AT2: Quiz – listen to a 300-word audio recording on specialist source messages rendered in two approximately 150-word segments. You need to take notes and answer questions about various aspects of the language (eg. register, intent, presentation characteristics, idiosyncrasies), relationships between linguistic and non-linguistic elements, content, context and intention. You will also be asked to reproduce the source message and record your reproduction in the same language on an USB to submit to your teacher for feedback.
This course uses a competency-based assessment and will be graded as follows:
CA (Competency Achieved)
NYC (Not Yet Competent)
DNS (Did Not Submit)
All competency-based assessment tasks for this course must be completed at the required level (see the elements and key performance criteria for each unit) in order to achieve a CA (Competency Achieved) award.
If a student has not completed ALL the assessment tasks or they have completed but some or all are not at the required level, they will be assessed as NYC (Not Yet Competent).
If a student does not submit assessment tasks at all, a DNS result will be entered.
Applying for an Extension
Extension of time for assessment tasks may be granted where circumstances beyond your control prevent submission by the published due date. An application for extension of time must be lodged with your tutor or the course coordinator as early as possible, and no later than one working day before the due date for submission.
You can apply for extension using the University’s Extension Application Form – http://mams.rmit.edu.au/seca86tti4g4z.pdf – or by emailing your course coordinator or tutor directly.
An extension of up to seven calendar days may be granted if good reason can be demonstrated. Include supporting evidence (such as medical certificates) with your application.
Extensions beyond seven calendar days cannot be granted by course coordinators, tutors or the School. To apply for an extension of time greater than seven calendar days you must lodge an application for Special Consideration.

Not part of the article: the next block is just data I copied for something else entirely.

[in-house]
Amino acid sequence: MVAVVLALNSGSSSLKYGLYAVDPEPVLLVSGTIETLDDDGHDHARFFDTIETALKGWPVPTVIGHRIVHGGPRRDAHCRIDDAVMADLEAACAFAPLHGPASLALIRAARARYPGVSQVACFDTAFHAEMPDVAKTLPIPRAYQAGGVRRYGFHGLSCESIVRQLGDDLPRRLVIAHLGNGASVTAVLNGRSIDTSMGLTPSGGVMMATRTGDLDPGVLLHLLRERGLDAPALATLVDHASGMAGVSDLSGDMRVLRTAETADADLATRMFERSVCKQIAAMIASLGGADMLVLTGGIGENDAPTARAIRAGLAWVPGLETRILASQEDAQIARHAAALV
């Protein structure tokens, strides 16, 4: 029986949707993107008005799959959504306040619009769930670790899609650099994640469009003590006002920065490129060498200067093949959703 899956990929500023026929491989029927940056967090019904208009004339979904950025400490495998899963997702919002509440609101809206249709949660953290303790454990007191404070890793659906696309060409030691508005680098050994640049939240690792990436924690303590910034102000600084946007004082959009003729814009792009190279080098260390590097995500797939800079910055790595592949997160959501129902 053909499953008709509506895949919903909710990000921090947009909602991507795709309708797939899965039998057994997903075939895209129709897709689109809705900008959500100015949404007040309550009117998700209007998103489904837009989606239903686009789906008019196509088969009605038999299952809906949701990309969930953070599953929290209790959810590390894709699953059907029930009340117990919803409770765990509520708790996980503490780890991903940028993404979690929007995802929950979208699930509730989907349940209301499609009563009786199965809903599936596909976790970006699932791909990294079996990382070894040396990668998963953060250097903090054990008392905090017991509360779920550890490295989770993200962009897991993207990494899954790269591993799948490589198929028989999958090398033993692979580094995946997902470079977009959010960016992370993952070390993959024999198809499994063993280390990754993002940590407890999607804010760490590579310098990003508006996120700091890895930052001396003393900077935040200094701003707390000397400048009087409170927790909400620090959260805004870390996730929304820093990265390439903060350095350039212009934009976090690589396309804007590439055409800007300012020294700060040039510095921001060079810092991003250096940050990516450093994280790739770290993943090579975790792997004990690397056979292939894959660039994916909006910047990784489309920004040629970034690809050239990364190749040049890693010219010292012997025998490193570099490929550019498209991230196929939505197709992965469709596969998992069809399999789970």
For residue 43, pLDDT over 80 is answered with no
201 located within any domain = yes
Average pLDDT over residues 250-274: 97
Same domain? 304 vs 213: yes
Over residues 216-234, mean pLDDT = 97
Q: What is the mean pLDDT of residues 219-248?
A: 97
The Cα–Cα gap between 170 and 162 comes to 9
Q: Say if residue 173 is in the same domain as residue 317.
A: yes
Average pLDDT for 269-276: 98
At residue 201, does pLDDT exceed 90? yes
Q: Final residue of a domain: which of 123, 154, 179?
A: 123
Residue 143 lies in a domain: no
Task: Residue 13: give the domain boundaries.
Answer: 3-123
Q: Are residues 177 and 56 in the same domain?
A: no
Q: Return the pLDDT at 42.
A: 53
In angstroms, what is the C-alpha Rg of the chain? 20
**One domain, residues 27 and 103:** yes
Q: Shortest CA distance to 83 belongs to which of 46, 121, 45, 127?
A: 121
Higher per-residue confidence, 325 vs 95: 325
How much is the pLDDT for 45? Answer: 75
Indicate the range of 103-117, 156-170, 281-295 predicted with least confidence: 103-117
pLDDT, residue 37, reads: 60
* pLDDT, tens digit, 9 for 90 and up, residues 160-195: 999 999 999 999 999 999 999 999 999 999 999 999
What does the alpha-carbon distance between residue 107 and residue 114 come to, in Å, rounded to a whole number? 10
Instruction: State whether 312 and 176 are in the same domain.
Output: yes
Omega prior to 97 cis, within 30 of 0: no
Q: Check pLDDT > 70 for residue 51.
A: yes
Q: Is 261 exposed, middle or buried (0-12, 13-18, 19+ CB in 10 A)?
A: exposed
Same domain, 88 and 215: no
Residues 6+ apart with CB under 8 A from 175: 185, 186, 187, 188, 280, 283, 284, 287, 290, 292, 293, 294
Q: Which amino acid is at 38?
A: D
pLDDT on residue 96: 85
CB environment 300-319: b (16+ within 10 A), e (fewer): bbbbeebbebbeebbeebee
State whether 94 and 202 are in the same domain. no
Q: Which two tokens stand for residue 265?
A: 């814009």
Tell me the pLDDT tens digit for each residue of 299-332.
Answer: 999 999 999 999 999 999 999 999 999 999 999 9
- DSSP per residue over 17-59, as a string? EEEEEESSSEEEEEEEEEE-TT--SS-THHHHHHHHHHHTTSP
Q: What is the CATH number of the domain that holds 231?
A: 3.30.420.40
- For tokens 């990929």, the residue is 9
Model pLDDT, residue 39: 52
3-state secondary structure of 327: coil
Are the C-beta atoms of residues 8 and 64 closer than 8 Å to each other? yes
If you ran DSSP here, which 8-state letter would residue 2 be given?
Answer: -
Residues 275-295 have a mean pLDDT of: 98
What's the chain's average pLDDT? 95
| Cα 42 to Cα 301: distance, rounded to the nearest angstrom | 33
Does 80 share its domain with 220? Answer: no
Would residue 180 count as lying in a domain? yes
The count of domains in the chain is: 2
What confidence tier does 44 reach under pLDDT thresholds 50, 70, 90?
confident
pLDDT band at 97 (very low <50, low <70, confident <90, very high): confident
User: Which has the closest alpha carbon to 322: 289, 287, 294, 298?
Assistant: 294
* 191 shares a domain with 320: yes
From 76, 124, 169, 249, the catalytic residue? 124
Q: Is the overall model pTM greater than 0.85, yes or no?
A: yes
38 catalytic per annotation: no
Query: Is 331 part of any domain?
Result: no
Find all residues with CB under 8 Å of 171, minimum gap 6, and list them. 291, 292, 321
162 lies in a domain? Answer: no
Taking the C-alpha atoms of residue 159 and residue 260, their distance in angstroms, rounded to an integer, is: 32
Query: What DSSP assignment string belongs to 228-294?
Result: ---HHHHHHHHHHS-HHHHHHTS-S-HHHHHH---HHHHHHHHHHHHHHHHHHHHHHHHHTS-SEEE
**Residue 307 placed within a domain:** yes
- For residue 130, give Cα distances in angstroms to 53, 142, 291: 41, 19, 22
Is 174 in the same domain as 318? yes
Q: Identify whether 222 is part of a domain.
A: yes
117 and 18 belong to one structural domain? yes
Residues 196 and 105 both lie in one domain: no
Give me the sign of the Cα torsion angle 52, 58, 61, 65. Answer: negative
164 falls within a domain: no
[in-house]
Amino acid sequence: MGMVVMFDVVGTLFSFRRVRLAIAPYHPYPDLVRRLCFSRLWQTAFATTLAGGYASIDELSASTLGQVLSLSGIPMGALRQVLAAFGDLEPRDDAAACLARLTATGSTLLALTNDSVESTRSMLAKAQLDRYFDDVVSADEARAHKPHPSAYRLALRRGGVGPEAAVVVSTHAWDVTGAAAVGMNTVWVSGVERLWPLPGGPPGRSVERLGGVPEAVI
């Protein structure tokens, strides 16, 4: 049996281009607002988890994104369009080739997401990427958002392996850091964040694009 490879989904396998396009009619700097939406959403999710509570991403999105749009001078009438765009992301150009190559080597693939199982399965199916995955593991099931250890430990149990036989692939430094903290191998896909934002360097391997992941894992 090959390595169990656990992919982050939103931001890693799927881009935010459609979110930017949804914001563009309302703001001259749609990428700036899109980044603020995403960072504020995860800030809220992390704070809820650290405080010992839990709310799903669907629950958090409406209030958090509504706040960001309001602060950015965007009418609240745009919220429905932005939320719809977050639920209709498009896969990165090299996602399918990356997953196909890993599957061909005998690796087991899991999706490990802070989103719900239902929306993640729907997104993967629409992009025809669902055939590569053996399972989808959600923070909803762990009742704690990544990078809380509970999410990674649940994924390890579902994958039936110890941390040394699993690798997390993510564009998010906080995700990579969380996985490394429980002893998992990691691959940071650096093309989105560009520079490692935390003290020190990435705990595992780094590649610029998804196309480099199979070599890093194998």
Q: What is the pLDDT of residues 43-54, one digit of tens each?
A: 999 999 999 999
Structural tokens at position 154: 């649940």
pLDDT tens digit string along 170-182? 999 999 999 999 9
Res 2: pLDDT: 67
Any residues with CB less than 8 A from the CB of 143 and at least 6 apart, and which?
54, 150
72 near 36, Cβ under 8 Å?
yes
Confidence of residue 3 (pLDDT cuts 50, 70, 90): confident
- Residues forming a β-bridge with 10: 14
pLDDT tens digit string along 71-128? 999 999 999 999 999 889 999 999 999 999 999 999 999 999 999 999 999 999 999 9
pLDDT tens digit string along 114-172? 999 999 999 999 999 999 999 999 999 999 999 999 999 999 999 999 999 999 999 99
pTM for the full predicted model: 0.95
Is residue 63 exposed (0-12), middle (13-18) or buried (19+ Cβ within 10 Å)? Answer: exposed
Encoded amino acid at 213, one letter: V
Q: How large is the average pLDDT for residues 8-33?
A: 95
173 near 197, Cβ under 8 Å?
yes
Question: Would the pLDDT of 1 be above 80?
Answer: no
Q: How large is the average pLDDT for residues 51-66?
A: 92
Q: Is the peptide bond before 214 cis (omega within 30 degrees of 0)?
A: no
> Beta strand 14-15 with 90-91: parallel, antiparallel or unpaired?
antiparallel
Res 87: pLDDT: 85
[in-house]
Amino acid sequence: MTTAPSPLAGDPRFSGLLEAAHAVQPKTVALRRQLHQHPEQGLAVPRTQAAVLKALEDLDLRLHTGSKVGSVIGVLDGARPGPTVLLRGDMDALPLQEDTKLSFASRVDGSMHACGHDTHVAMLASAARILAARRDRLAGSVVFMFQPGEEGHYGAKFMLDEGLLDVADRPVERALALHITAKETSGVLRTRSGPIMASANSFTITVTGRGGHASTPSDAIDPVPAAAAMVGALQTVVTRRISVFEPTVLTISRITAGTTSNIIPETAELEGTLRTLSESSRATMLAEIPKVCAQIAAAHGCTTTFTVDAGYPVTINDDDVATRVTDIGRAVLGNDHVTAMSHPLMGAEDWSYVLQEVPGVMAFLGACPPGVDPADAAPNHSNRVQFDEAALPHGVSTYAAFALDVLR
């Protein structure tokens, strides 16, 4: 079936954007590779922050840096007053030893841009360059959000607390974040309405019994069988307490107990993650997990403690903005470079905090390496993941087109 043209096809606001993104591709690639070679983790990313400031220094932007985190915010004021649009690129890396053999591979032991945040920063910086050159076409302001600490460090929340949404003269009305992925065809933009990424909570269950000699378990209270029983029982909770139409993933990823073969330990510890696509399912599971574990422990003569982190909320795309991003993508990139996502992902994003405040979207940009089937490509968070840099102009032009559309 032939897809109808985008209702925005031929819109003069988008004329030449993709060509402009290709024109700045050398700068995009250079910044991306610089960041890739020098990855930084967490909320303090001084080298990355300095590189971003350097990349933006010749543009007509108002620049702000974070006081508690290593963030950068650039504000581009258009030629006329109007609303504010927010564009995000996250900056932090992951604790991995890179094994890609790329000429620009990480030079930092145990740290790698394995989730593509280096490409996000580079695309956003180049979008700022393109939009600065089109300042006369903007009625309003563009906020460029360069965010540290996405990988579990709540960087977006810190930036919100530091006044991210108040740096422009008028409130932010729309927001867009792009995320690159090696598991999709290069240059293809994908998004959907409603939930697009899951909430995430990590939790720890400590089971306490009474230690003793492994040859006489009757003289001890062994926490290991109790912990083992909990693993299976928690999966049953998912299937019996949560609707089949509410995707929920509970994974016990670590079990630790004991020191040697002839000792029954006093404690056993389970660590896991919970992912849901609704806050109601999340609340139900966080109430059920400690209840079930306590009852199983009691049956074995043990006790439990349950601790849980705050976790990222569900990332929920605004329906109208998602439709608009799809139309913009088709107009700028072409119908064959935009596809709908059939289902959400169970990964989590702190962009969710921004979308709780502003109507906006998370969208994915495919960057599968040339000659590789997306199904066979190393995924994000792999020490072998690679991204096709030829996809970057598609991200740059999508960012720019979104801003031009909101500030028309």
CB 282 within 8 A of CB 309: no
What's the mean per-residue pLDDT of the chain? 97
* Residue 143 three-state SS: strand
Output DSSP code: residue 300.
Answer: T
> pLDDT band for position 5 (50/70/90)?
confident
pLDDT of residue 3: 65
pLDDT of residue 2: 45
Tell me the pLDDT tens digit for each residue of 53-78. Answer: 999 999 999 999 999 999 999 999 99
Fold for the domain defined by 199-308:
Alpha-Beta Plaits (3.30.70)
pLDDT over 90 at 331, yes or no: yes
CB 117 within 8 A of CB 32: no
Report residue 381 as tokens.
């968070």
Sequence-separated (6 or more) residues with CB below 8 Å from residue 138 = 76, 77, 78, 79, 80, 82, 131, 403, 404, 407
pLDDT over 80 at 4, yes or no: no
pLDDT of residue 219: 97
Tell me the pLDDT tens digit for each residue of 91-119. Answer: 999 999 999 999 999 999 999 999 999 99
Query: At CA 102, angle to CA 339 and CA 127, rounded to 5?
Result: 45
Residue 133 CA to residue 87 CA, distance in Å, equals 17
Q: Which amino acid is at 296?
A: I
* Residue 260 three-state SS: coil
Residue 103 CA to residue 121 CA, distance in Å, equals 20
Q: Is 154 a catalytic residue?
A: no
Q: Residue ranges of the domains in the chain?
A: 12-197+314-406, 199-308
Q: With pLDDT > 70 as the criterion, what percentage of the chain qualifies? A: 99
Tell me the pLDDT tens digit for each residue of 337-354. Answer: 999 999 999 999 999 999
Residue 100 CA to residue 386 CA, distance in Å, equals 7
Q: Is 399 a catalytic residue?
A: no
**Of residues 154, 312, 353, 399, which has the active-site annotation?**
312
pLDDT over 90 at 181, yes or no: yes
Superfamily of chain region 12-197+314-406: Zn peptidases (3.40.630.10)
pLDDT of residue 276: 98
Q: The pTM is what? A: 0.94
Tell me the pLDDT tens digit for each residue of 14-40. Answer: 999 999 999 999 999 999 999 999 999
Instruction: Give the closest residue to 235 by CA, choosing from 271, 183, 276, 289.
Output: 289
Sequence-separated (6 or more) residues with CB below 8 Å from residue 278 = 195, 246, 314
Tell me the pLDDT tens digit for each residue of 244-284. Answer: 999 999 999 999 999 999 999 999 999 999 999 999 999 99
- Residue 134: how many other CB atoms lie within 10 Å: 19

Applying for Special Consideration
If you are seeking an extension of more than seven calendar days (from the original due date) you must lodge an Application for Special Consideration form, preferably prior to, but no later than two working days after the official due date. Late applications will only be accepted in exceptional circumstances. For information about Special Consideration and how to apply, see: http://www.rmit.edu.au/students/specialconsideration
Penalties for Late Submission
If you have not been granted an extension or special consideration, late submission will be penalised as follows:
1. Assessment tasks submitted after the due date of submission shall receive a penalty of five per cent of the grades available for that assessment per day for each day late.
2. No assessment task shall be accepted more than three weeks after the due date without special consideration.
If you believe your assessment result or final result is wrong please contact the course coordinator and provide the reason why you think your result is incorrect. Valid reasons for seeking a review of results include: